Standing close to the harbor, this welcoming Baobab is one of hundreds to spread its root-like naked branches
over the island of Bubaque. It is said that God turned these trees upside down as punishment for being too vain.
In early 2012 I was invited to join a film crew on assignment to one of Africa's least known archipelagos - the Bijagós. The plan was to make a feature film by director Sana N'hada about these islands' ancient culture and the dangers it faces nowadays. As I boarded the airplane my mind was filled with exciting expectations about my first experience in Africa and as part of a cinema production team.

Our trip included two sites - Iembérem, a small village located in the South of Guinea-Bissau, where we stayed for a few days to film in the lush subhumid forest of Mata de Cantanhez; and Bubaque, the main island in the Bijagós Archipelago, where we stayed the remaining 6 weeks.

As my work required access to electric power, not necessarily available at all times in Bubaque, I found myself having some extra time to document the behind the scenes action. Here is a small selection of photographs and a few notes on what I learned about these islands.
Bijagós' society is built upon ancient and mystical beliefs, portrayed in the story of "Kadjike". The actress
wearing a costume made of raphia plays a descendant of the daughters of Akapakama, the first woman
to inhabit the world.
Em Fevereiro deste ano tive a oportunidade de viajar até ao largo da costa ocidental Africana e passar algumas semanas nas ilhas dos Bijagós, entre tabancas, praias paradisíacas, geradores e uma equipa de produção de cinema. Fomos gravar "Kadjike", um filme de ficção do realizador guineense Sana N'Hada, sobre a cultura única destas ilhas, hoje tão ameaçada como o equilíbrio natural do arquipélago.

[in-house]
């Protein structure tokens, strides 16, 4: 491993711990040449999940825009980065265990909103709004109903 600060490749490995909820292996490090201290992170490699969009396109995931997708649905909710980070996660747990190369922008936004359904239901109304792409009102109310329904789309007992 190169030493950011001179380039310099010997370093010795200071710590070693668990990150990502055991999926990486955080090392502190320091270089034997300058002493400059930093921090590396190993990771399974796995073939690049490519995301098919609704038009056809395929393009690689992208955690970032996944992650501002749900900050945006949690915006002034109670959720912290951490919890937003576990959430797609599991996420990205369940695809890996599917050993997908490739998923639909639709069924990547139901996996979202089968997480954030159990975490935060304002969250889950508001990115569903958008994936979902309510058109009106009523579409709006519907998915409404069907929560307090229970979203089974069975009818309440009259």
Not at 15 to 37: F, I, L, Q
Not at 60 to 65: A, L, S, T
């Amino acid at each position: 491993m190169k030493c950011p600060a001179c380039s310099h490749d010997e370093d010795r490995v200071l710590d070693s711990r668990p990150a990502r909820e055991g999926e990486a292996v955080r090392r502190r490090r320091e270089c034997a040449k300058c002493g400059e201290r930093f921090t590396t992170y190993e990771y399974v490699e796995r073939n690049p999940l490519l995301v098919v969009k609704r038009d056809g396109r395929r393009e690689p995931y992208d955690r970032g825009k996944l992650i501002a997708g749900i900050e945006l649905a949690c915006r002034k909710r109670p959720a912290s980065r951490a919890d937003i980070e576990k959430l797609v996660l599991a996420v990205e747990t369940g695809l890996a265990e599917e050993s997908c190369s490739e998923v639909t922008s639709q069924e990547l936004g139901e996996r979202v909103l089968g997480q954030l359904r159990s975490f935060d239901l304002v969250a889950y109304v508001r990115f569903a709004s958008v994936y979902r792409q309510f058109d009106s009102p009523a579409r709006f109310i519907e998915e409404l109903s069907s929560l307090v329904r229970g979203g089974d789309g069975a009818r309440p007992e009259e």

The 88 islands that form the archipelago are located on the coast of Guinea-Bissau. Its surrounding waters
are exceptionally productive and have always provided the people with precious resources.

According to Bijagós beliefs, Akapakama had four daughters to whom were attributed powers over nature,
the earth, the sea and the weather. Nowadays, women still hold considerable power in society, taking
many of the important decisions that regard their families and villages.
Not long after our arrival, I was able to take a few hours off to attend one of the most popular events
in the archipelago. Every year, on a warm saturday afternoon in February, the streets of Bubaque are
filled with dancers, actors and musicians that come to show their skills at the anual Carnival parade.
Each island sends its best performers as the goal here is to win the chance of representing the archipelago
in the National parade, taking place the day after in Bissau.
Our characters' story was closely entwined with the native traditions, which enriched without doubt our own
experience of Bijagós' culture. In this scene, the preparation of "chabéu" - the fruit of the palm tree - took the spotlight.
A few of the sets were located inside villages, giving us the opportunity to observe their daily lives.
In each of them, we were welcomed by the most curious, responsive and judgmental of all audiences.
A lot of children were thrilled to have their picture taken and would gladly, often insistently, ask for more. 
For this little girl however, my camera and I also made up for the perfect opportunity to momentarily escape
her mother's attempts of undoing her intricate braiding.  
A pirogue rests by the beach of Bruce, located on the opposite side of the island. These popular boats
are carved from the trunks of Kapoks (Português: poilão), considered to sacred in Guinea-Bissau.
Opening scene of "Kadjike".
Preparations for the opening scene.
As we walked along the beach at low tide, the soil rumbled and vibrated as if the sand itself were moving.
Hundreds if not thousands of Fiddler crabs were quickly leaving their sand bubbling lives and crawling back to
the safety of their burrows. I decided to wait for a few to come back out and I was thrilled to find that some of my
images were included in the film, making my sunburn all worthwhile.